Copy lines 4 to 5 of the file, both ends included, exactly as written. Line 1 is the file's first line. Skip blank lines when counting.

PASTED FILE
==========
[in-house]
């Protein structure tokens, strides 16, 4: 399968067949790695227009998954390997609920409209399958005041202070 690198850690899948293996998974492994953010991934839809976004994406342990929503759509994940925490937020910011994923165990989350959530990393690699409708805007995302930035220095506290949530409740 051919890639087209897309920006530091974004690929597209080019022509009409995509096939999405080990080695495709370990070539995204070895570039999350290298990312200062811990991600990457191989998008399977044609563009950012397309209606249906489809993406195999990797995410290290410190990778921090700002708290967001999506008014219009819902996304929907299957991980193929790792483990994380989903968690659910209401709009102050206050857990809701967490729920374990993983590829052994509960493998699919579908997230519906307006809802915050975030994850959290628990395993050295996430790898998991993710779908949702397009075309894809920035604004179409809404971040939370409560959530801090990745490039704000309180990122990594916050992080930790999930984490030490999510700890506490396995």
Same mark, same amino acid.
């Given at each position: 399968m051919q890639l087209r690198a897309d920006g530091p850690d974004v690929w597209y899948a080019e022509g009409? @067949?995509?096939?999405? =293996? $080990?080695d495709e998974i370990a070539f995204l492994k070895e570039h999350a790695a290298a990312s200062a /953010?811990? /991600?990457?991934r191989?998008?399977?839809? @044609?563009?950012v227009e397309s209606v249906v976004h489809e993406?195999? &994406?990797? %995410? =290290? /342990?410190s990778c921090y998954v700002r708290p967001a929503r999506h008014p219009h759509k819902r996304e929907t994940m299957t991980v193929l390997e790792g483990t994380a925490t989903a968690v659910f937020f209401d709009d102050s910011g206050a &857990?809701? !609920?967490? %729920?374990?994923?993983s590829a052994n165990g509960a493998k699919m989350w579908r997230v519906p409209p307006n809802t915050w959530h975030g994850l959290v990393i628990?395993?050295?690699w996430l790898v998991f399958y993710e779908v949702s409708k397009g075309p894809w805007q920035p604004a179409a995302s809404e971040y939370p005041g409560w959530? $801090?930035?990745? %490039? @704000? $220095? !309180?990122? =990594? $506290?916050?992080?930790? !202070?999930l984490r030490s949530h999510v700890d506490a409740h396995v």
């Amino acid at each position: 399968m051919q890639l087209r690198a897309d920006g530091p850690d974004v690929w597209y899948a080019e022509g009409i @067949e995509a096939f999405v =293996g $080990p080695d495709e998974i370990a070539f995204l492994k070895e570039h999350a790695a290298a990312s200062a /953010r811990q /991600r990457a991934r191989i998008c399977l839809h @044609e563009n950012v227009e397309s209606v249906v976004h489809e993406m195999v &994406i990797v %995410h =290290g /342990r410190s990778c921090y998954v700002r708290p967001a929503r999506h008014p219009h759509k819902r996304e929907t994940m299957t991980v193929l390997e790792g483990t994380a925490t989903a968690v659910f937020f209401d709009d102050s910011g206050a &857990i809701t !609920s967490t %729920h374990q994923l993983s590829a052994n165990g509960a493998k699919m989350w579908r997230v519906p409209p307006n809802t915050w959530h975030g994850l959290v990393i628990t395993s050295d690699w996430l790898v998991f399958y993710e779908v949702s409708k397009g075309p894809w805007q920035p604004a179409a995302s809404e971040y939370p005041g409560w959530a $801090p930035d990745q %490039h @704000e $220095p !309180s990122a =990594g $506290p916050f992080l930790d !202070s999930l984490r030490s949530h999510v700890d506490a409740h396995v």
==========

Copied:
């Given at each position: 399968m051919q890639l087209r690198a897309d920006g530091p850690d974004v690929w597209y899948a080019e022509g009409? @067949?995509?096939?999405? =293996? $080990?080695d495709e998974i370990a070539f995204l492994k070895e570039h999350a790695a290298a990312s200062a /953010?811990? /991600?990457?991934r191989?998008?399977?839809? @044609?563009?950012v227009e397309s209606v249906v976004h489809e993406?195999? &994406?990797? %995410? =290290? /342990?410190s990778c921090y998954v700002r708290p967001a929503r999506h008014p219009h759509k819902r996304e929907t994940m299957t991980v193929l390997e790792g483990t994380a925490t989903a968690v659910f937020f209401d709009d102050s910011g206050a &857990?809701? !609920?967490? %729920?374990?994923?993983s590829a052994n165990g509960a493998k699919m989350w579908r997230v519906p409209p307006n809802t915050w959530h975030g994850l959290v990393i628990?395993?050295?690699w996430l790898v998991f399958y993710e779908v949702s409708k397009g075309p894809w805007q920035p604004a179409a995302s809404e971040y939370p005041g409560w959530? $801090?930035?990745? %490039? @704000? $220095? !309180?990122? =990594? $506290?916050?992080?930790? !202070?999930l984490r030490s949530h999510v700890d506490a409740h396995v």
């Amino acid at each position: 399968m051919q890639l087209r690198a897309d920006g530091p850690d974004v690929w597209y899948a080019e022509g009409i @067949e995509a096939f999405v =293996g $080990p080695d495709e998974i370990a070539f995204l492994k070895e570039h999350a790695a290298a990312s200062a /953010r811990q /991600r990457a991934r191989i998008c399977l839809h @044609e563009n950012v227009e397309s209606v249906v976004h489809e993406m195999v &994406i990797v %995410h =290290g /342990r410190s990778c921090y998954v700002r708290p967001a929503r999506h008014p219009h759509k819902r996304e929907t994940m299957t991980v193929l390997e790792g483990t994380a925490t989903a968690v659910f937020f209401d709009d102050s910011g206050a &857990i809701t !609920s967490t %729920h374990q994923l993983s590829a052994n165990g509960a493998k699919m989350w579908r997230v519906p409209p307006n809802t915050w959530h975030g994850l959290v990393i628990t395993s050295d690699w996430l790898v998991f399958y993710e779908v949702s409708k397009g075309p894809w805007q920035p604004a179409a995302s809404e971040y939370p005041g409560w959530a $801090p930035d990745q %490039h @704000e $220095p !309180s990122a =990594g $506290p916050f992080l930790d !202070s999930l984490r030490s949530h999510v700890d506490a409740h396995v």